Russia Cuts Space Spending Forecast, Dumps Super Heavy Booster

Inaugural Angara A5 launch (Credit: Khrunichev)
Inaugural Angara A5 launch (Credit: Khrunichev)

With Russia facing a severe economic downturn, Roscosmos’ 10-year spending plan for 2016-2025 will be cut by 10 percent to 3.4 trillion rubles ($58.6 billion). A major casualty is a $12 billion plan to develop a super-heavy booster capable of lifting 70 metric tons into low Earth orbit (LEO).

“The project, which is being prepared for 2016-2025, looks completely different today,” Yury Koptev, head of Roscosmos internal planning body the Scientific and Technical Council, was quoted as saying.

The program was initially drafted late last year, but a 40-percent fall in the value of the ruble against the U.S. dollar since last summer and a massive space industry reform project have forced space officials to completely rewrite the document….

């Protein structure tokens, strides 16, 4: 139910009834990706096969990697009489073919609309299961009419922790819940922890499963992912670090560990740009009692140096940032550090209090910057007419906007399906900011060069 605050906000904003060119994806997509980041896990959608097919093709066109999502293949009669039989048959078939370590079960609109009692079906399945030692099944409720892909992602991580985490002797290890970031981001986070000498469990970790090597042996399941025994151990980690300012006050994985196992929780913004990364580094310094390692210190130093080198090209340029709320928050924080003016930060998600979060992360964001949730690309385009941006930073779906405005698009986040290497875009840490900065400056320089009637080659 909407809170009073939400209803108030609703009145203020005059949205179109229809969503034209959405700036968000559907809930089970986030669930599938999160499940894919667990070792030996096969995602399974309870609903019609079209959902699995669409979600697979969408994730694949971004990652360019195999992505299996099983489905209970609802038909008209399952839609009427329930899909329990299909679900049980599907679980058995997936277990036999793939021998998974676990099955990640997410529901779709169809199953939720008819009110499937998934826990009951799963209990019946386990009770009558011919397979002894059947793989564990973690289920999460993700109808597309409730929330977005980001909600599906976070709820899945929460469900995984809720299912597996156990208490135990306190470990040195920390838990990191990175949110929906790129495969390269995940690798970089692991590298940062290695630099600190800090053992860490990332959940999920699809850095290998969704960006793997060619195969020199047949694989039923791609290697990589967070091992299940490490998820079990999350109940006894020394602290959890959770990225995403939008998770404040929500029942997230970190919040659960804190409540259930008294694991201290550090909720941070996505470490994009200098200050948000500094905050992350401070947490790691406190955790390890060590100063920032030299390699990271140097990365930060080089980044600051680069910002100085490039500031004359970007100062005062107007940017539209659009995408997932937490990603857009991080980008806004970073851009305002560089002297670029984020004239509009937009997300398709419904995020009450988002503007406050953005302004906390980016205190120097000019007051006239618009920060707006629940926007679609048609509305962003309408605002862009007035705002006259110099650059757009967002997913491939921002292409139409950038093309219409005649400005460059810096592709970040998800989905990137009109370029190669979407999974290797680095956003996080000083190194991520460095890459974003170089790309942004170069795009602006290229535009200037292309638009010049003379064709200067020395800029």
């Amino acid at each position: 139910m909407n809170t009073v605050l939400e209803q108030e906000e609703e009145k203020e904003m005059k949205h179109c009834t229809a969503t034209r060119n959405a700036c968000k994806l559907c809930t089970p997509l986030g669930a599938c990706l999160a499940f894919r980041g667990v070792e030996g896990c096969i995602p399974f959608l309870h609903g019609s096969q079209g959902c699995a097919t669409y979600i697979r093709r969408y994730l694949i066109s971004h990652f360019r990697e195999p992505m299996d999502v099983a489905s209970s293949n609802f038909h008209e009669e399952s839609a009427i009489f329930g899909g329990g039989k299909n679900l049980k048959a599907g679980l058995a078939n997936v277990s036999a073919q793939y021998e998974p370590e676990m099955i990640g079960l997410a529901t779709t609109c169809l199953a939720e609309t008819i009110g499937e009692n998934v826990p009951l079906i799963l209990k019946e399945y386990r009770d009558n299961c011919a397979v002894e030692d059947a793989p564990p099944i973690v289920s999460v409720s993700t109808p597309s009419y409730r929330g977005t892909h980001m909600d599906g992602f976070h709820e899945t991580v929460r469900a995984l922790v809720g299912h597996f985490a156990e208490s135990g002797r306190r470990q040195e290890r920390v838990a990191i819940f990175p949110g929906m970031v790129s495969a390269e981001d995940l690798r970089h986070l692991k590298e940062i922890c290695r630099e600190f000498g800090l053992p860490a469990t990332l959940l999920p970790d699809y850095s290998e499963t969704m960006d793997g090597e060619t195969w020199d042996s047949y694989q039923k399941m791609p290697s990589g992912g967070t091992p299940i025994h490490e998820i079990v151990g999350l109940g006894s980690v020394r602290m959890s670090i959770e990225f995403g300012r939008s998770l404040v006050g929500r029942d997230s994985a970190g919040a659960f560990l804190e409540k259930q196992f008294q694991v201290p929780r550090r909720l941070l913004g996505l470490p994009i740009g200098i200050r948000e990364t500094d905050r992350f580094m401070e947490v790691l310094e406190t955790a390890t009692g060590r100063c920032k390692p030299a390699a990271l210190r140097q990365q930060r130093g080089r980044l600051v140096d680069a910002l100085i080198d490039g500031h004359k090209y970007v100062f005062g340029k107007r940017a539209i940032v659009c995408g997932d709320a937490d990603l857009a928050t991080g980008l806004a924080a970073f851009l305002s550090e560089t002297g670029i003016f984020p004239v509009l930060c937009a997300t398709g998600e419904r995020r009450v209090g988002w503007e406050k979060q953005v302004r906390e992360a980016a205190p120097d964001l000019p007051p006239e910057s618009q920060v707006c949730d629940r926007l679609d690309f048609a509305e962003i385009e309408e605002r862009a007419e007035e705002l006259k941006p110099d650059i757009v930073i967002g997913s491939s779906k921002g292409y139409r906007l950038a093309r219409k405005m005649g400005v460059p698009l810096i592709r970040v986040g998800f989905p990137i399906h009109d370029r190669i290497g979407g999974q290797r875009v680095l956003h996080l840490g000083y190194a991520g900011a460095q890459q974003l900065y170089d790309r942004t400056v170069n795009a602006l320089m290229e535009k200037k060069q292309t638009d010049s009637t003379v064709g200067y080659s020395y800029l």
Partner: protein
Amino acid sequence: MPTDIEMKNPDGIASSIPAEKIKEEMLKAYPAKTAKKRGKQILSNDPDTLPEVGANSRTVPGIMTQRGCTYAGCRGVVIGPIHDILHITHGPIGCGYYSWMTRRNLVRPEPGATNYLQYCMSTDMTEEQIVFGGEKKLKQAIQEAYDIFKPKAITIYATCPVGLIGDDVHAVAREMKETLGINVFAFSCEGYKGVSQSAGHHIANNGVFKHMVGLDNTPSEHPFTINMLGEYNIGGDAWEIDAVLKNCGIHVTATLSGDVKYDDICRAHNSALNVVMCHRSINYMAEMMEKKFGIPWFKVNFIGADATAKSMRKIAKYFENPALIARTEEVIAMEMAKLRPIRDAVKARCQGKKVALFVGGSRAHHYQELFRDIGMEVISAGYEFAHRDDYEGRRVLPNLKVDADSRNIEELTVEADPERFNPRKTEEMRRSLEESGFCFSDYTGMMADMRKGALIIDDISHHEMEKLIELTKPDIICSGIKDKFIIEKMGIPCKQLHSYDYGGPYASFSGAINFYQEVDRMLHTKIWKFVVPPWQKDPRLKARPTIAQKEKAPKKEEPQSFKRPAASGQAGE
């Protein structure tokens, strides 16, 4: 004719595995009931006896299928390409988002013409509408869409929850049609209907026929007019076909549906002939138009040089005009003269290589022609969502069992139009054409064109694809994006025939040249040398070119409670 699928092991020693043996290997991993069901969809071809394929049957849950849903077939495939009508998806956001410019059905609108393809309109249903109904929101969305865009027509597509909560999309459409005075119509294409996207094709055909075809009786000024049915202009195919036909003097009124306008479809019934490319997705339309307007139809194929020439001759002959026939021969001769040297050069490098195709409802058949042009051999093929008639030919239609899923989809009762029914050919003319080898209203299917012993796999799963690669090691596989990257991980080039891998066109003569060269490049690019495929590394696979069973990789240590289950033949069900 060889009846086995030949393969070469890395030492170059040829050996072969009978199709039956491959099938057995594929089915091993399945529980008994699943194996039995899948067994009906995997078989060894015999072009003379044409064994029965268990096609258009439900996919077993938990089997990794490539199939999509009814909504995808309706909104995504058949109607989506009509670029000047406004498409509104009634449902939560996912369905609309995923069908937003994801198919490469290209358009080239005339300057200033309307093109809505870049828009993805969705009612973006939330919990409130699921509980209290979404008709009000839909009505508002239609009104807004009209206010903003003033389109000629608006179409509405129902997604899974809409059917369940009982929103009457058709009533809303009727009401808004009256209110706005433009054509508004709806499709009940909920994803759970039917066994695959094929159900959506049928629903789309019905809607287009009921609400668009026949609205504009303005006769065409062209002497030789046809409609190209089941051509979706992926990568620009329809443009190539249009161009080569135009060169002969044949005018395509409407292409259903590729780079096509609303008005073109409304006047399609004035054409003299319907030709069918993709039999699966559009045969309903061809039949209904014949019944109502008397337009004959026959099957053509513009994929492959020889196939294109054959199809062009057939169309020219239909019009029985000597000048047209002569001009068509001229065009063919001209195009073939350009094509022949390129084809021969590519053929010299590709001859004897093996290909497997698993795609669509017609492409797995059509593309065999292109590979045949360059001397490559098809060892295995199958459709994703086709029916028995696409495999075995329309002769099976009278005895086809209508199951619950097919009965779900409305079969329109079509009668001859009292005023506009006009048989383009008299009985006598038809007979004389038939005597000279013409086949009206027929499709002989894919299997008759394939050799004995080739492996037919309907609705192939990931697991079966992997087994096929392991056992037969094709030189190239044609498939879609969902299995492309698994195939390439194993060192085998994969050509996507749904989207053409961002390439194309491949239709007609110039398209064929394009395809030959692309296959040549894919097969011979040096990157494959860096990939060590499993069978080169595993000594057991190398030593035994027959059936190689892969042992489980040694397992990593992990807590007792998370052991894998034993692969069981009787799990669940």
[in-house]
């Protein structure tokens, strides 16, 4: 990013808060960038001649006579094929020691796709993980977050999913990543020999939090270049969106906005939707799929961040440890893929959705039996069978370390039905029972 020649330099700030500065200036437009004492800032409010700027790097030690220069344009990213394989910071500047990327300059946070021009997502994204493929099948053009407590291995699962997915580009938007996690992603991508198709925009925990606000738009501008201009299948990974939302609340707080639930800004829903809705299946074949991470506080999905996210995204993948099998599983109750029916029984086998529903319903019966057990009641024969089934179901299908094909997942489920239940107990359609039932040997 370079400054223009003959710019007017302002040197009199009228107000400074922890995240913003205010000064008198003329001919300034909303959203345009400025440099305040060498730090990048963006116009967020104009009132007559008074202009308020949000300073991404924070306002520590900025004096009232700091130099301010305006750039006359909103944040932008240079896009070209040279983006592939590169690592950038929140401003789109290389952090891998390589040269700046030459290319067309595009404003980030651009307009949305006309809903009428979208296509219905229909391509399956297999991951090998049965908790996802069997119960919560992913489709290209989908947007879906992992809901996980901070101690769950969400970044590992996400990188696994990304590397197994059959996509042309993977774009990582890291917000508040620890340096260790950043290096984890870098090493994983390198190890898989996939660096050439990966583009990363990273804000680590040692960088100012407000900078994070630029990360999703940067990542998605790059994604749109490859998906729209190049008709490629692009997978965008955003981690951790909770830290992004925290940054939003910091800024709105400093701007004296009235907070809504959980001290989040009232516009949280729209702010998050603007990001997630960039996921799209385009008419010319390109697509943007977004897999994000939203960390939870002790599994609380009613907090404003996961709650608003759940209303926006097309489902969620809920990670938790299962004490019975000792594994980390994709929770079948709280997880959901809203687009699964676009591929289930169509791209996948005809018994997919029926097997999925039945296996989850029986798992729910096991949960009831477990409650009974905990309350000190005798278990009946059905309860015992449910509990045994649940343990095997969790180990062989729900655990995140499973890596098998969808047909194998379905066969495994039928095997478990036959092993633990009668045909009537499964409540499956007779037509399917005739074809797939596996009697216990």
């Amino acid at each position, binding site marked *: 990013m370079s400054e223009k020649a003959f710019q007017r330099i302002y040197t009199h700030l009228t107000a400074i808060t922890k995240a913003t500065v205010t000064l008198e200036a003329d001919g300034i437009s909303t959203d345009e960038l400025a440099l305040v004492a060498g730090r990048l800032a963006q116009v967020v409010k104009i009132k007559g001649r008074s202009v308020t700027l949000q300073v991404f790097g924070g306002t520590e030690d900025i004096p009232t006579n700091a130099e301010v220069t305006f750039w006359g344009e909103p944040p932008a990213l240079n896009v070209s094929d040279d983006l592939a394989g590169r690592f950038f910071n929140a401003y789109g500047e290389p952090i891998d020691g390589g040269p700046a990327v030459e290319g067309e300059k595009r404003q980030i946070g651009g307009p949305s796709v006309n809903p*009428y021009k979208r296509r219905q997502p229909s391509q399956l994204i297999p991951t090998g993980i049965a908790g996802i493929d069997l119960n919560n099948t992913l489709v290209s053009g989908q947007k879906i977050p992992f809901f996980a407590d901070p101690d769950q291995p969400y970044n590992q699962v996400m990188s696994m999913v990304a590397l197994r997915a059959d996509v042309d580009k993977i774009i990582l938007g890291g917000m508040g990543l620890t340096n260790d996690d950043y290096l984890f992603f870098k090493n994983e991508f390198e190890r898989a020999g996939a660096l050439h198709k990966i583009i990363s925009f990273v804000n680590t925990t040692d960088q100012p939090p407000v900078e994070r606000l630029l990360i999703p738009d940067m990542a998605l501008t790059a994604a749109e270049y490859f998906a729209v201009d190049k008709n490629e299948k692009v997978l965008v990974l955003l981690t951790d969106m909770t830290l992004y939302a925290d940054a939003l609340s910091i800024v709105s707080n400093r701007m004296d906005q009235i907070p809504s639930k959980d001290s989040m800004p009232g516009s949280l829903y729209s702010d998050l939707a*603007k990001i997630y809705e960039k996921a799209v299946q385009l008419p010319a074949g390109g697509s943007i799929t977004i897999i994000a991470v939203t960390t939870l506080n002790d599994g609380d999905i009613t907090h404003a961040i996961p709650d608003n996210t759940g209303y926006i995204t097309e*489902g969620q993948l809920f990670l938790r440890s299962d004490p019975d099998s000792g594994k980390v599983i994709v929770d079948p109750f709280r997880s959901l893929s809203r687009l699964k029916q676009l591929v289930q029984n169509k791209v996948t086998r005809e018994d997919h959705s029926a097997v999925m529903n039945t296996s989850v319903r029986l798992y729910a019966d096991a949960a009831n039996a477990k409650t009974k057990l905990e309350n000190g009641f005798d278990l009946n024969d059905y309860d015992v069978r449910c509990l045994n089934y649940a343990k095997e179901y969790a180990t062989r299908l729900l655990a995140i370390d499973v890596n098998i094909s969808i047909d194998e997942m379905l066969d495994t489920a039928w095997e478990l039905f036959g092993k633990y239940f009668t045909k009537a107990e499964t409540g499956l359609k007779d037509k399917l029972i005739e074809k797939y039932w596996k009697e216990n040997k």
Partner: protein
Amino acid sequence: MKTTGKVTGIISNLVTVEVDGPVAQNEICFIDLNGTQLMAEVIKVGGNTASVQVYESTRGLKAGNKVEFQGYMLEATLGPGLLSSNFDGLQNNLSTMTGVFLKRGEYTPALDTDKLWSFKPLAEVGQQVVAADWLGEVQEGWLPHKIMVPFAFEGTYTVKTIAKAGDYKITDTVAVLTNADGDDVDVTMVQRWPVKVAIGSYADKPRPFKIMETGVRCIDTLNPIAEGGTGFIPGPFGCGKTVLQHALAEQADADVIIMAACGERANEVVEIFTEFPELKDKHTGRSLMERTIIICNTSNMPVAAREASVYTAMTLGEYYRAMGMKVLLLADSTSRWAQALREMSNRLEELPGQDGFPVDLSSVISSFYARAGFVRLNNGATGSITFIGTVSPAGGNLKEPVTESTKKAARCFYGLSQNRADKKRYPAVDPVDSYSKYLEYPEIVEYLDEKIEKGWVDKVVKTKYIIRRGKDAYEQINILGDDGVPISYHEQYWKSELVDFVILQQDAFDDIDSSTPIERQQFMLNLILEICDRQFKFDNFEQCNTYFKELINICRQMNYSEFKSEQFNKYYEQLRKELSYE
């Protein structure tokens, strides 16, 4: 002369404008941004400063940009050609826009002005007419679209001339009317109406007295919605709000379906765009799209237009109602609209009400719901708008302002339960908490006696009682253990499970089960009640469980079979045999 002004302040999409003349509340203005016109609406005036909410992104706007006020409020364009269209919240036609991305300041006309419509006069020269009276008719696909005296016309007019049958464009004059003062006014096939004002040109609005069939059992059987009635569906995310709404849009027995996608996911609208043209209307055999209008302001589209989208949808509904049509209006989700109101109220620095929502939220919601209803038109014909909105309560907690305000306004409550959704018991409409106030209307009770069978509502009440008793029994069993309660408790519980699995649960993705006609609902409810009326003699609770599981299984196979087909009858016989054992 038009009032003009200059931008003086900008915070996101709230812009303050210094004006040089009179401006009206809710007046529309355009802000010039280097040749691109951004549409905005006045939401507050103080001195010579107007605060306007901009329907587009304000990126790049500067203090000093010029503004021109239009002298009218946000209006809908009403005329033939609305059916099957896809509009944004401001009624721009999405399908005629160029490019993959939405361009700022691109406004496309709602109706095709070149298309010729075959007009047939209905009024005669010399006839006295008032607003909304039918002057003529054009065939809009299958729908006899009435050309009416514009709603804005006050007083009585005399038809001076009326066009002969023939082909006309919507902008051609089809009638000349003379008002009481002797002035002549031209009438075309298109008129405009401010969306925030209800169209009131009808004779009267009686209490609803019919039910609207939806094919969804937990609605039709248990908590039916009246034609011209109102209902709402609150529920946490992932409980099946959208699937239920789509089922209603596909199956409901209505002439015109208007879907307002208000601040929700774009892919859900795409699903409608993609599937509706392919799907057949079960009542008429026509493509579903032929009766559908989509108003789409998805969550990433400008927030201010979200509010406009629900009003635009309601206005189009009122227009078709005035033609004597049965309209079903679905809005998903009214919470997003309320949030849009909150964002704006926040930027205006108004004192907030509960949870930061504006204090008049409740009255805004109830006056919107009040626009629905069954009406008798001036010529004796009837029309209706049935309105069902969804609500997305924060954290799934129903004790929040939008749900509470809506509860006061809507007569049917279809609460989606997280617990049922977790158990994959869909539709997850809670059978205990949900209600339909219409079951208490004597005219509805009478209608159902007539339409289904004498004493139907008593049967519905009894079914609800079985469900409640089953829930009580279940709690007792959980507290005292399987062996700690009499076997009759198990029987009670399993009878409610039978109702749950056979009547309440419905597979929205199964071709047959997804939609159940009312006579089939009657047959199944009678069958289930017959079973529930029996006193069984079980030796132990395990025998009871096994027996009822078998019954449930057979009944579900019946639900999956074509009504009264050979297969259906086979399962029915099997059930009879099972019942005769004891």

Koptev was quoted as saying that one proposal that was booted to the next federal program, which will cover the decade beyond 2025, was the creation of a new Russian super-heavy rocket — a project he estimated would cost 700 billion rubles ($12 billion).

Russia will not build such a vehicle until at least 2028, he said. In the meantime Russia will continue to focus on healing its scientific and industrial base to ensure it has the capacity to build the rocket down the line.

In a March 12 meeting, the Scientific and Technical Council instructed Khrunichev and RSC Energia to begin preliminary design work on an Angara-A5V capable of lifting 35 metric tons of cargo to LEO.

Russian media reports did not specify precisely what upgrades would be required to the existing Angara-A5 to allow it to lift 35 tons. The Angara-A5 is capable of lifting 24.5 metric tons to LEO.

However, the changes would probably involve an advanced upper stage engine. The Khrunichev website lists an Angara-A7 variant capable of lifting 35 metric tons that would include a KVTK-A7 upper stage consisting of a single RD-0146D powered by liquid oxygen and liquid hydrogen.

Angara is a modular family of rockets consisting of a single first stage core around which additional cores are clustered. Smaller versions include the Angara-A1.2 (3.8 metric tons to LEO) and the Angara-A3 (14.6 tons to LEO).

The launch vehicle made its inaugural flights last year with a suborbital flight by an Angara-A1.2 and an orbital test of an Angara-A5.